0 PHOTOGRAPH PARTICULARS 0 Where the Shafer Trail meets the White Rim road. 0 ACTIVITIES DAY THREE OF TWELVE 0 We had rooms reserved at the Moab, Utah Motel 6 for Tuesday and Wednesday night. This would serve as our “base camp” for visits to the Island in the Sky district of Canyonlands and to Arches National Park. Taking only camera gear and day hiking packs, we left Moab just before dawn on Wednesday morning for our visit to the Island in the Sky area. We stopped on the way into Canyonlands to photograph the sunrise and to look over and photograph the Shafer trail from the rim. In the 1980s, I had ridden a dual sport motorcycle (Honda XL500) along the White Rim road and up the Shafer trail. I was hoping that the road might be in good enough shape to travel it on this trip with Ed’s Jeep. After stopping at the Shafer trail overlook we made our way to the Mesa Arch TH parking. We were pleased to find nobody else there. We would not see one other person on the hike in or out nor doing our stay photographing Mesa Arch. A pleasant surprise. After Mesa Arch we drove to Grandview Point and took a few photos there. Then backtracking we took the side road to the Upheaval Dome trail. It was the first of several geological formations that geologists have yet to agree on as to what formed it. It appears as a giant crater with a light colored “sharp” dome, rising out of its center. I tried some side by side shots there so I could stitch a panoramic photo together later. We stopped at the Canyonlands visitor’s center on the way back and found that a free “permit” was required these days to drive the Shafer Trail and the White Rim road, so we obtained our pass and headed down the fun, interesting, and exciting route off the Island in the Sky plateau, down the old Shafer cattle trail to the White Rim road, which then runs along an esplanade above the Colorado and Green Rivers. Traveling down the Shafer and along the White Rim roads in the Jeep, with windows rolled down, was a real treat. There are some rough spots on the White Rim road so it took us awhile to work our way back to Moab (for a mid-day meal). That afternoon, we drove into Arches National Park headed for the trail to Delicate Arch. The weather came apart on us by this time and the gusting winds were absolutely fierce. Ignoring the blasting winds as best we could we made our way to Delicate Arch. The bad weather kept the number of people down, but the lighting wasn’t the best - - and staying upright in the high gusts of wind took some work in places. Still, we had come to see Delicate Arch, up close, and the hike there was well worth the time. Leaving the Delicate Arch trail, the wind dropped down a little as light faded over Arches NP. We drove to the Windows Section of Arches and then out of the park as the sun began to set. Somewhere near the Petrified Dunes viewpoint area of the park, Ed sensed excellent sunset light in the offing, and we parked the Jeep off the side of the road, and climbed a small ridge for some photographs. Ed’s intuition was perfect. Though the winds got cold, we got some of the best light of the entire day for photography, with warm red sandstones in dusk light and the snow covered La Sal Mountains in the distance (Mt. Peale at 12,720’ is the highest peak in these high desert mountains). A bright moon peeked through the cobalt blue evening skies and storm clouds traveled quickly across the sky. So that is how the third full day of our Four Corners road trip ended; photographing the golden sunset light inside Arches National Park. Fun. 0 3,875 MILE/12 DAY ~ 4 CORNERS ROAD TRIP OVERVIEW 0 At the start of year 2011, I made tentative plans to take a two week solo “road trip” through the Four Corners area (The Colorado Plateau), during the last half of March. Then, if my wife could get the time needed off from her part time job, I also planned a “road trip” vacation to the Southwest, in April with her. When I put the plan together for the March trip, I decided to see if an old friend of mine, Ed (Flickr’s: OldWrangler), might be interested in joining me. I volunteered to take my old four wheel drive pickup truck and split the gasoline expense with him. We would each get an inexpensive motel room on the road to serve as “base camps” to hike, photograph, and explore back roads in the Four Corners area. Not only did Ed accept but he also proposed that we take his brand new 4-door Jeep Wrangler instead of my old pickup truck. That didn’t take any thinking on my part. I LOVE Jeeps and Ed and I have always got along well (decades ago, I worked for him and we had taken a fun road trip together back in 2008, along with my friend John and my youngest son). The deal was sealed. We left my house in Central Washington early Monday morning on the 14th of March. We returned 12 days and 3,875 miles later on Friday evening March 25th. We spent a lot of time drinking Diet Pepsi from the ice chest and keeping the hits of the 60s (and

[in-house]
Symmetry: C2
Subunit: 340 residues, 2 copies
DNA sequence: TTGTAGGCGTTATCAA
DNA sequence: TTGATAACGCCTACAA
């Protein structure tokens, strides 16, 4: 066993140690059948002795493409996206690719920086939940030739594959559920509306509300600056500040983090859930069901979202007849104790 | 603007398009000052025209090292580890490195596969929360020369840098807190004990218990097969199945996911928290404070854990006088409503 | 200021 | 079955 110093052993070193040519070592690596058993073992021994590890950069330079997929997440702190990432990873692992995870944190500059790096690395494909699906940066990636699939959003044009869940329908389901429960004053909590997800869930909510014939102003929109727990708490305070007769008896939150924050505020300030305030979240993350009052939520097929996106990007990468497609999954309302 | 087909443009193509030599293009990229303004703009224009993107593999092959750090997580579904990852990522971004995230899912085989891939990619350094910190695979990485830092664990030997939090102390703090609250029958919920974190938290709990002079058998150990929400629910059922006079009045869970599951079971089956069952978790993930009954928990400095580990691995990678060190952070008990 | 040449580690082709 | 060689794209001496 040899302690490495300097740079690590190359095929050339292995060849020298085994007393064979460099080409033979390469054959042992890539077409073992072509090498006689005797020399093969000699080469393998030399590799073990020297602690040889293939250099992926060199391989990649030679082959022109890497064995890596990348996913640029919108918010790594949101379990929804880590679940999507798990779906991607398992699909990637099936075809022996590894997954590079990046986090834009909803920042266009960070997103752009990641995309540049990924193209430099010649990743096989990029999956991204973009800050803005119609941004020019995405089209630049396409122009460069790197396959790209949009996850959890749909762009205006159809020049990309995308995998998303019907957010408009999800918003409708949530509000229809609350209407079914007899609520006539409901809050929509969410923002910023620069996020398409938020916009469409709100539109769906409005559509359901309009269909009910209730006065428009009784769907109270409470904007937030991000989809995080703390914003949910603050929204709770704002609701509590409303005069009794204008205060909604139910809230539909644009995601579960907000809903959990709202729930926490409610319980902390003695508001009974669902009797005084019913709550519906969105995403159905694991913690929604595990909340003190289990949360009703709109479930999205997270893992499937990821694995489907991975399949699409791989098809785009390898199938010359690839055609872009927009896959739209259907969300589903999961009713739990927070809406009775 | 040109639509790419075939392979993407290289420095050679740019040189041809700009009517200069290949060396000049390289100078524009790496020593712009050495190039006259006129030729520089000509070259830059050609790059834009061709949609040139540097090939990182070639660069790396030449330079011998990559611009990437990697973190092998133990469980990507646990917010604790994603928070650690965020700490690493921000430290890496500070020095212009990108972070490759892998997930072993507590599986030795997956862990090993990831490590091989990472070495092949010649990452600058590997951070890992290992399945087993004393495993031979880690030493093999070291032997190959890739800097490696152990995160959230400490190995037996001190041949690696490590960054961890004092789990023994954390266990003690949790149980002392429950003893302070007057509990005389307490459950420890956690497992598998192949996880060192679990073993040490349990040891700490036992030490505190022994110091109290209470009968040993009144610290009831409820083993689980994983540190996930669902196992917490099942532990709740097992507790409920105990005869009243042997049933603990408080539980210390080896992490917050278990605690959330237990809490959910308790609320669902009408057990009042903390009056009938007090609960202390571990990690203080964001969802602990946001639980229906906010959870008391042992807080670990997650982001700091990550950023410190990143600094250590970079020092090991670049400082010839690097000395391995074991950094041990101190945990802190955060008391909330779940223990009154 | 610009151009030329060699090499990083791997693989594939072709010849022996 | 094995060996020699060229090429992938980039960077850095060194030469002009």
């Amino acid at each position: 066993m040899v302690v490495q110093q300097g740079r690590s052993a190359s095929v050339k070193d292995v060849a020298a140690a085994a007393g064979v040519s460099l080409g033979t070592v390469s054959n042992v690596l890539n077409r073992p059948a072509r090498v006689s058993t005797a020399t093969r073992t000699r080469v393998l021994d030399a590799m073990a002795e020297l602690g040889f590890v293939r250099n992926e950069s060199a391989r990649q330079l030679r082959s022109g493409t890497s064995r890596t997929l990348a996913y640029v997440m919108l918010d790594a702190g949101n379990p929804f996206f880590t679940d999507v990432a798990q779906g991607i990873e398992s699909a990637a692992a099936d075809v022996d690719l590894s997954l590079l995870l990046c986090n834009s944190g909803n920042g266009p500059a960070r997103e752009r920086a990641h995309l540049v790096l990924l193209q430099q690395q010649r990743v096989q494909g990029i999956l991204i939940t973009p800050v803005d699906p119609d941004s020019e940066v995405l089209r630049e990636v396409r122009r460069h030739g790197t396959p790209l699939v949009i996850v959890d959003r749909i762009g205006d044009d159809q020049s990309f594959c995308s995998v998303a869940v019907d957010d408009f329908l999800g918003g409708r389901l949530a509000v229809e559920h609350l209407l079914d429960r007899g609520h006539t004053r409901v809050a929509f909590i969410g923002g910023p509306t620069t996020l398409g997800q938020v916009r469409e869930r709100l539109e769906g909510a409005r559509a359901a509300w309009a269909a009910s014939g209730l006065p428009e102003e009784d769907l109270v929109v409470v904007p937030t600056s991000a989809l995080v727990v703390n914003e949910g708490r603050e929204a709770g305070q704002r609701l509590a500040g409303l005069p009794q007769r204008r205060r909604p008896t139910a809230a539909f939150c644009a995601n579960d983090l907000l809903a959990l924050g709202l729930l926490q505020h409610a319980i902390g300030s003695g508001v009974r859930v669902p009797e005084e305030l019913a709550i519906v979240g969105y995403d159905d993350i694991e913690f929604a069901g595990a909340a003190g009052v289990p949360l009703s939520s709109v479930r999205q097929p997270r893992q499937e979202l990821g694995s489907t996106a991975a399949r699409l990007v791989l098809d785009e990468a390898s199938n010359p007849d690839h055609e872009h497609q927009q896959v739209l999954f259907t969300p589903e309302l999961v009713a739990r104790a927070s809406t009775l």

Da Tire Shop Arizona
Da Tire Shop Arizona
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phoenix wheels and rims